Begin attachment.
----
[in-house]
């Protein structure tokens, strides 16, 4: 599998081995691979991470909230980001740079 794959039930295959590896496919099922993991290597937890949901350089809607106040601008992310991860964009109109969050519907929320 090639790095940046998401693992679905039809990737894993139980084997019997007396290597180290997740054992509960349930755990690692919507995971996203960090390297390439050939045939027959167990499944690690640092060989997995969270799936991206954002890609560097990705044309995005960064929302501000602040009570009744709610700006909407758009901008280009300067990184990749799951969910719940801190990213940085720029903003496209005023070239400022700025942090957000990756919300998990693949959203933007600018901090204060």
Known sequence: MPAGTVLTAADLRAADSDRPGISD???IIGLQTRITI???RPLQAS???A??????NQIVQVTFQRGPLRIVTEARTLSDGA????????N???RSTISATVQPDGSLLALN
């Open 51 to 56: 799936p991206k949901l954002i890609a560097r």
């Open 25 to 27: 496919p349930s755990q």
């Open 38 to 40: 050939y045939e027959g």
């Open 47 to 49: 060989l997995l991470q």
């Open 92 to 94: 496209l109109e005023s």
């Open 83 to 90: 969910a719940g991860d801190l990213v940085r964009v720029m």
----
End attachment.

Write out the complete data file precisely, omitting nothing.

[in-house]
């Protein structure tokens, strides 16, 4: 599998081995691979991470909230980001740079 794959039930295959590896496919099922993991290597937890949901350089809607106040601008992310991860964009109109969050519907929320 090639790095940046998401693992679905039809990737894993139980084997019997007396290597180290997740054992509960349930755990690692919507995971996203960090390297390439050939045939027959167990499944690690640092060989997995969270799936991206954002890609560097990705044309995005960064929302501000602040009570009744709610700006909407758009901008280009300067990184990749799951969910719940801190990213940085720029903003496209005023070239400022700025942090957000990756919300998990693949959203933007600018901090204060």
Known sequence: MPAGTVLTAADLRAADSDRPGISD???IIGLQTRITI???RPLQAS???A??????NQIVQVTFQRGPLRIVTEARTLSDGA????????N???RSTISATVQPDGSLLALN
């Open 51 to 56: 799936p991206k949901l954002i890609a560097r």
């Open 25 to 27: 496919p349930s755990q």
């Open 38 to 40: 050939y045939e027959g």
């Open 47 to 49: 060989l997995l991470q």
């Open 92 to 94: 496209l109109e005023s």
């Open 83 to 90: 969910a719940g991860d801190l990213v940085r964009v720029m």